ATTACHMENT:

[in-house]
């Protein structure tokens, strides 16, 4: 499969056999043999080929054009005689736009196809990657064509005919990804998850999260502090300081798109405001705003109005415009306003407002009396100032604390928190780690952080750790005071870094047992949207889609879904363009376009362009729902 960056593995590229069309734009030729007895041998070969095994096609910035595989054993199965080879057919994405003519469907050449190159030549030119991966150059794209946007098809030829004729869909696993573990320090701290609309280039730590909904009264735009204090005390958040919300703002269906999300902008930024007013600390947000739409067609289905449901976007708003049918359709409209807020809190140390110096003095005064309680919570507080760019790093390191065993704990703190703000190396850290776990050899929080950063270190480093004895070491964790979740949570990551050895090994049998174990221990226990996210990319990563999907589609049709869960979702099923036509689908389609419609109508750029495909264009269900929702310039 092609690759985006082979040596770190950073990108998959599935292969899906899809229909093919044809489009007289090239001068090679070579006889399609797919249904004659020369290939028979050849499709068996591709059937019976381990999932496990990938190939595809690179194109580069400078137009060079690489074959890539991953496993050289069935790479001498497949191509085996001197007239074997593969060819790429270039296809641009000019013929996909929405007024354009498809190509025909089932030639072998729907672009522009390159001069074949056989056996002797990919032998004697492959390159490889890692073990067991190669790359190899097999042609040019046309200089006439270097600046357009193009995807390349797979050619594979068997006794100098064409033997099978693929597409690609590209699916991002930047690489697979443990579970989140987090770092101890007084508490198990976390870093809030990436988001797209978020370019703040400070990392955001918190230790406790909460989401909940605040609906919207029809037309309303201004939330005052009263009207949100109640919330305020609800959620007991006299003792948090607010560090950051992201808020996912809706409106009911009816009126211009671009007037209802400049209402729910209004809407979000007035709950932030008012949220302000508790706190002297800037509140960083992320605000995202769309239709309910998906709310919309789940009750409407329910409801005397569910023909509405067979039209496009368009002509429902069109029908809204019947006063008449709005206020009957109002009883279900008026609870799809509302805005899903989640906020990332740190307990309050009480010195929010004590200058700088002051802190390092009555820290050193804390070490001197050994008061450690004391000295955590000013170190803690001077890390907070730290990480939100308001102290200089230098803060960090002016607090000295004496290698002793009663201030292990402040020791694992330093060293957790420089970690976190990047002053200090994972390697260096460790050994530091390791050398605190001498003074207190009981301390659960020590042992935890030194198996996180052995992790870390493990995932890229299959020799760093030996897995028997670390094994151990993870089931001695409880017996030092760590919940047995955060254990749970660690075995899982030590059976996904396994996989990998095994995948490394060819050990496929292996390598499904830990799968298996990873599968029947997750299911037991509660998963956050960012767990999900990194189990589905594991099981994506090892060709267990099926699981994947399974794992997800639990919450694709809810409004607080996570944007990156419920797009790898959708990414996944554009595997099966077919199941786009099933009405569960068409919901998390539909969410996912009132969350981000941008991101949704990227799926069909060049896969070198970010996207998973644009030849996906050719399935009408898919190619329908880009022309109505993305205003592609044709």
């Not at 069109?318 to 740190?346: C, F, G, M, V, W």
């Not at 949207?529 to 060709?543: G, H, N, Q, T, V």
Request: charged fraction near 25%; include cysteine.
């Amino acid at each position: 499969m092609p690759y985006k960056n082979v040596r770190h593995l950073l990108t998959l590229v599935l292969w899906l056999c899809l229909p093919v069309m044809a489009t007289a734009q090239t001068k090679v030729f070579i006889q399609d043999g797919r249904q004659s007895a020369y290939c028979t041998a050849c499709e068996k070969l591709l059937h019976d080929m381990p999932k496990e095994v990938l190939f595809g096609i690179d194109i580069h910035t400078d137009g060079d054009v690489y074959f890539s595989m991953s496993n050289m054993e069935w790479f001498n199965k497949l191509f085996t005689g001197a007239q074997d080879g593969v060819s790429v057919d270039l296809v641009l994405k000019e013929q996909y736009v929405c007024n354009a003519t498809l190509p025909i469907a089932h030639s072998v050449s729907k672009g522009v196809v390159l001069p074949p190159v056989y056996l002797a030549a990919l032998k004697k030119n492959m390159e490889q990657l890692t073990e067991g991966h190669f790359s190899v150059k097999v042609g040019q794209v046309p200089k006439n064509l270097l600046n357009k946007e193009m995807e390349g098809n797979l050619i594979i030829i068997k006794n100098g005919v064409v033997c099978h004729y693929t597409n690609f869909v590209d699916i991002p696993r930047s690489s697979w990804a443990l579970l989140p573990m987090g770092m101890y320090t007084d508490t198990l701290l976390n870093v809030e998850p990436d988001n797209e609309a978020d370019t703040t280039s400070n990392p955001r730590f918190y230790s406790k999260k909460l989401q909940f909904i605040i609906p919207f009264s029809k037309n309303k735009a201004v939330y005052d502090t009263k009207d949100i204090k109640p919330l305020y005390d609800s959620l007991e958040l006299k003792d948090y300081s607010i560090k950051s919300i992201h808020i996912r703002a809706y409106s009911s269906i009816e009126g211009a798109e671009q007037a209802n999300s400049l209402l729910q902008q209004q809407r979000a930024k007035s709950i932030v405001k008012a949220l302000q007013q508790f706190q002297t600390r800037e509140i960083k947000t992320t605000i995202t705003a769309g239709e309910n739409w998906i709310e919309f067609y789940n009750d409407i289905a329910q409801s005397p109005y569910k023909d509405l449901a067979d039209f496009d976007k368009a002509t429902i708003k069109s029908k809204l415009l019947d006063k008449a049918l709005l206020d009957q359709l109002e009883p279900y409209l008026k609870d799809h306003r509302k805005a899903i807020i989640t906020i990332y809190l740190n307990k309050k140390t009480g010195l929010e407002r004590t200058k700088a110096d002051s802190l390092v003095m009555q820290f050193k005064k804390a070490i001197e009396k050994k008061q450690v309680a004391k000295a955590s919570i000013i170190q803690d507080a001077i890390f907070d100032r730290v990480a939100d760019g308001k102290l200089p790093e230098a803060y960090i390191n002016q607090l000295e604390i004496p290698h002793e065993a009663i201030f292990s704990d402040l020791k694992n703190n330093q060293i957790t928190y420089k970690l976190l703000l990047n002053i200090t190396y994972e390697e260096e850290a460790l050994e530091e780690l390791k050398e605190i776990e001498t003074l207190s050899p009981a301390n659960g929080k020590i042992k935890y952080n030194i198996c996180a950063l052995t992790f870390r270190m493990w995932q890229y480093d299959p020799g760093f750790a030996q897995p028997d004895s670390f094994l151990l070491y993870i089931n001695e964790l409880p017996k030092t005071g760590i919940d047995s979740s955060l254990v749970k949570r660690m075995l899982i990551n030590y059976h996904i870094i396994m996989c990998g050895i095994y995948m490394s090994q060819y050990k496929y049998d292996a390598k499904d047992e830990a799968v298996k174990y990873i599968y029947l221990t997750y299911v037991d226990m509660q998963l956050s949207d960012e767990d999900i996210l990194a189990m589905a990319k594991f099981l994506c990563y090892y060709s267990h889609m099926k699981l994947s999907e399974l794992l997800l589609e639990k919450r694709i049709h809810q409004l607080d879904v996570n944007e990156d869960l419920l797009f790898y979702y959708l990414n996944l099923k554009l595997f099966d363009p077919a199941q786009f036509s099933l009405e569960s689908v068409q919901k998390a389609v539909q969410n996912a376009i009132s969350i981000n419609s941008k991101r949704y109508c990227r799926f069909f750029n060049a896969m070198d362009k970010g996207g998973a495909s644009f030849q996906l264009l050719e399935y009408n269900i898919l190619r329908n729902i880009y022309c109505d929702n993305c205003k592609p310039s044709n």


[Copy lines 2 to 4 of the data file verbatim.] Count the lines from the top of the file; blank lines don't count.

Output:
């Protein structure tokens, strides 16, 4: 499969056999043999080929054009005689736009196809990657064509005919990804998850999260502090300081798109405001705003109005415009306003407002009396100032604390928190780690952080750790005071870094047992949207889609879904363009376009362009729902 960056593995590229069309734009030729007895041998070969095994096609910035595989054993199965080879057919994405003519469907050449190159030549030119991966150059794209946007098809030829004729869909696993573990320090701290609309280039730590909904009264735009204090005390958040919300703002269906999300902008930024007013600390947000739409067609289905449901976007708003049918359709409209807020809190140390110096003095005064309680919570507080760019790093390191065993704990703190703000190396850290776990050899929080950063270190480093004895070491964790979740949570990551050895090994049998174990221990226990996210990319990563999907589609049709869960979702099923036509689908389609419609109508750029495909264009269900929702310039 092609690759985006082979040596770190950073990108998959599935292969899906899809229909093919044809489009007289090239001068090679070579006889399609797919249904004659020369290939028979050849499709068996591709059937019976381990999932496990990938190939595809690179194109580069400078137009060079690489074959890539991953496993050289069935790479001498497949191509085996001197007239074997593969060819790429270039296809641009000019013929996909929405007024354009498809190509025909089932030639072998729907672009522009390159001069074949056989056996002797990919032998004697492959390159490889890692073990067991190669790359190899097999042609040019046309200089006439270097600046357009193009995807390349797979050619594979068997006794100098064409033997099978693929597409690609590209699916991002930047690489697979443990579970989140987090770092101890007084508490198990976390870093809030990436988001797209978020370019703040400070990392955001918190230790406790909460989401909940605040609906919207029809037309309303201004939330005052009263009207949100109640919330305020609800959620007991006299003792948090607010560090950051992201808020996912809706409106009911009816009126211009671009007037209802400049209402729910209004809407979000007035709950932030008012949220302000508790706190002297800037509140960083992320605000995202769309239709309910998906709310919309789940009750409407329910409801005397569910023909509405067979039209496009368009002509429902069109029908809204019947006063008449709005206020009957109002009883279900008026609870799809509302805005899903989640906020990332740190307990309050009480010195929010004590200058700088002051802190390092009555820290050193804390070490001197050994008061450690004391000295955590000013170190803690001077890390907070730290990480939100308001102290200089230098803060960090002016607090000295004496290698002793009663201030292990402040020791694992330093060293957790420089970690976190990047002053200090994972390697260096460790050994530091390791050398605190001498003074207190009981301390659960020590042992935890030194198996996180052995992790870390493990995932890229299959020799760093030996897995028997670390094994151990993870089931001695409880017996030092760590919940047995955060254990749970660690075995899982030590059976996904396994996989990998095994995948490394060819050990496929292996390598499904830990799968298996990873599968029947997750299911037991509660998963956050960012767990999900990194189990589905594991099981994506090892060709267990099926699981994947399974794992997800639990919450694709809810409004607080996570944007990156419920797009790898959708990414996944554009595997099966077919199941786009099933009405569960068409919901998390539909969410996912009132969350981000941008991101949704990227799926069909060049896969070198970010996207998973644009030849996906050719399935009408898919190619329908880009022309109505993305205003592609044709």
């Not at 069109?318 to 740190?346: C, F, G, M, V, W």
């Not at 949207?529 to 060709?543: G, H, N, Q, T, V």